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AUGUSTUS: Dual surpasses triple therapy when AFib patients have PCI or ACS

Key clinical point: For atrial fibrillation patients with either a recent acute coronary syndrome or percutaneous coronary intervention, treatment with apixaban plus clopidogrel was associated with the best overall results.

Major finding: Significant bleeds occurred in 7% of patients on apixaban plus clopidogrel and in 19% on aspirin, warfarin, and clopidogrel.

Study details: AUGUSTUS, a multicenter, randomized trial with 4.614 patients.

Disclosures: AUGUSTUS was funded by Bristol-Myers Squibb and Pfizer, the companies that market apixaban (Eliquis). Dr. Lopes has received personal fees and research grants from BMS and Pfizer. He has also received personal fees from Bayer and Boehringer Ingelheim and research grants from Amgen, GlaxoSmithKline, Medtronic, and Sanofi Aventis. Dr. Alexander has received personal fees from Bristol-Myers Squibb and Pfizer, and from several other companies, and he has received research grants from BMS and several other companies.

Citation:

Lopes RD et al. N Engl J Med. 2019 Mar 17. doi: 10.1056/NEJMoa1817083.

Commentary:

Findings hammer a nail in the coffin for warfarin plus aspirin

It’s very reassuring to see that you can use a direct-acting oral anticoagulant like apixaban along with a P2Y12 inhibitor, but with no aspirin, and have no statistically significant increase in ischemic events. This is a fantastic finding. The finding shows once again that warfarin is a problematic drug. As the cost for direct-acting oral anticoagulants has decreased, their use has increased.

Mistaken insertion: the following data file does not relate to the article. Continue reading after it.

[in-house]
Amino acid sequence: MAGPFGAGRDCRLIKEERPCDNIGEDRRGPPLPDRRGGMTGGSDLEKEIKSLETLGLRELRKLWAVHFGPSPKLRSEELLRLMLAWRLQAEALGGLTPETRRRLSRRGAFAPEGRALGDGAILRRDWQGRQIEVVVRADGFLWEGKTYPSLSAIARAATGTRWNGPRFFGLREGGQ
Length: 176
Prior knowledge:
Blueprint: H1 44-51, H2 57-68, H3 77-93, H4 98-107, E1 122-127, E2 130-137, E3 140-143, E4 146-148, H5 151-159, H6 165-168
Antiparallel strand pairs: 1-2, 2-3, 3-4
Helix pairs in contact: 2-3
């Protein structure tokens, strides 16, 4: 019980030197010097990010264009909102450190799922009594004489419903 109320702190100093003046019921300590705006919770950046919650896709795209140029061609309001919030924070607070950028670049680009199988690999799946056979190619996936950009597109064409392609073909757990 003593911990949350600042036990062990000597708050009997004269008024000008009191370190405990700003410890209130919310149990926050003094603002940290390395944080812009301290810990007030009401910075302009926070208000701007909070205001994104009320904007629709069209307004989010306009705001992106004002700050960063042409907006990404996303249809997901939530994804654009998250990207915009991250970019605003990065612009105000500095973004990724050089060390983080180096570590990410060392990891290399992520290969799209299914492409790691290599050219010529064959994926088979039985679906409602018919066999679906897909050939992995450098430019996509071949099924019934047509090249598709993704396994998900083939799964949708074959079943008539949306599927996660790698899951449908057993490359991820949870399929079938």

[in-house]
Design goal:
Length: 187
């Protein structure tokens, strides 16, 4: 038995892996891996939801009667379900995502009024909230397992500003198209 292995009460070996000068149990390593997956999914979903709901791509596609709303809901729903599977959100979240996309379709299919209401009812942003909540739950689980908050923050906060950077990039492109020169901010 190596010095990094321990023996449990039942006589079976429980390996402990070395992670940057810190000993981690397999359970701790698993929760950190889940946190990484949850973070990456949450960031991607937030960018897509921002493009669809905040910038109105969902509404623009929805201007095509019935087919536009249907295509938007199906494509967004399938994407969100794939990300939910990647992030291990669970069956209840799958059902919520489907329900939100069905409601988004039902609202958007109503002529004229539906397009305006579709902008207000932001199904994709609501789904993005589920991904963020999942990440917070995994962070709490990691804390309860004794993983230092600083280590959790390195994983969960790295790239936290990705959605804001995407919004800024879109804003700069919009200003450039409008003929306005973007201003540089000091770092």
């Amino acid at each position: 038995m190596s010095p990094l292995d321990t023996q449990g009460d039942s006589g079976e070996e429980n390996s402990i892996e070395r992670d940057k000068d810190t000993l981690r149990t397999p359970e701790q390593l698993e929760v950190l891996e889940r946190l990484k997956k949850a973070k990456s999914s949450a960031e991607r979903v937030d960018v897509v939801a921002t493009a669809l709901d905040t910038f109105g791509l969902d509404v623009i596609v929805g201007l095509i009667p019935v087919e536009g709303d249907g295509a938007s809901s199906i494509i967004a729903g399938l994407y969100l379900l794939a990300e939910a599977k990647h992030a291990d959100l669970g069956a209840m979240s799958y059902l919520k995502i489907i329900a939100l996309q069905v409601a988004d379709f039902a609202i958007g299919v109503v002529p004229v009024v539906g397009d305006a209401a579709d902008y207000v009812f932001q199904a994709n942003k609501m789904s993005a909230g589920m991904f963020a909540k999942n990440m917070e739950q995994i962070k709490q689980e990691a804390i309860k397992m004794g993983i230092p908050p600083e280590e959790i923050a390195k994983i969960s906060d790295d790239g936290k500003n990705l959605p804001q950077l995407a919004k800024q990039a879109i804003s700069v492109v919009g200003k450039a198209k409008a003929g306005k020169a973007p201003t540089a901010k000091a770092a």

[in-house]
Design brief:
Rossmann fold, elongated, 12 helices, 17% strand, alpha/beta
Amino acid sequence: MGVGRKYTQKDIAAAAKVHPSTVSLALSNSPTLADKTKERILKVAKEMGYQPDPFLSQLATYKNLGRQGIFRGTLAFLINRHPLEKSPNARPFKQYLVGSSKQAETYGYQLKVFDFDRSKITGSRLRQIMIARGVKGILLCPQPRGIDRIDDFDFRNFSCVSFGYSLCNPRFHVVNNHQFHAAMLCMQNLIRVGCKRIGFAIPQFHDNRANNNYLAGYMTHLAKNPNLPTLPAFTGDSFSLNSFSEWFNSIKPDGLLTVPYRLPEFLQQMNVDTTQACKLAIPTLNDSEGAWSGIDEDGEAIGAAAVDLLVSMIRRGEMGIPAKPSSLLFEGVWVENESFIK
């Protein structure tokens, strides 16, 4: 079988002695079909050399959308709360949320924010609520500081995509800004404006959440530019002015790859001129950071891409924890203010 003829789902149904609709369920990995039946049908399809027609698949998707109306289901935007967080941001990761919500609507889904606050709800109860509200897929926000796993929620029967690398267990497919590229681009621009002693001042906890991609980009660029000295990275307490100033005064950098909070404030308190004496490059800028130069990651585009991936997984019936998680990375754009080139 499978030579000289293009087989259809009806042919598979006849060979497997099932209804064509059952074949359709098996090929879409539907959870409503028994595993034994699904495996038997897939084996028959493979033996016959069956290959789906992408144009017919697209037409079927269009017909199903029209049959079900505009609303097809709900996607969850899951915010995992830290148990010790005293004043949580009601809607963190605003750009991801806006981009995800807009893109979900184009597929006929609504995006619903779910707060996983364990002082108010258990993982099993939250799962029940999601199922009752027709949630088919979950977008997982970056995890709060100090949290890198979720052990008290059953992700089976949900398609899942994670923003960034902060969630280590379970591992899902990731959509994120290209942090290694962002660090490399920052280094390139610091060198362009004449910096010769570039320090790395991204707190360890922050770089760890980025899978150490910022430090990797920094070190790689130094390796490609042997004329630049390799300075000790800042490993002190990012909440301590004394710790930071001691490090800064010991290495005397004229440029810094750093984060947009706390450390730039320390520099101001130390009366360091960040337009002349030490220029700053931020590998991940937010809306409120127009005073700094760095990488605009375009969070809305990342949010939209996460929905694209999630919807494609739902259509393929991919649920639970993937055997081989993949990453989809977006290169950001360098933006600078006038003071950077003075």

These results were not unexpected and also are probably the final nail in the coffin for using a combination of warfarin and aspirin. Prior findings from the PIONEER AF-PCI study that used rivaroxaban (N Engl J Med. 2016 Dec 22;375[25]:2423-34) and from the RE-DUAL PCI study that used dabigatran (N Engl J Med. 2017 Oct 19;377[16]:1513-24) also showed the advantages of using a direct-acting oral anticoagulant when compared with a vitamin K antagonist in this setting, The AUGUSTUS trial, with just over 4,600 patients, had nearly as many patients as the roughly 4,850 enrolled in these two prior studies put together.

Dhanunjaya Lakkireddy, MD , is medical director of the Kansas City Heart Rhythm Institute in Overland Park. He had no disclosures. He made these comments as the designated discussant during a press briefing.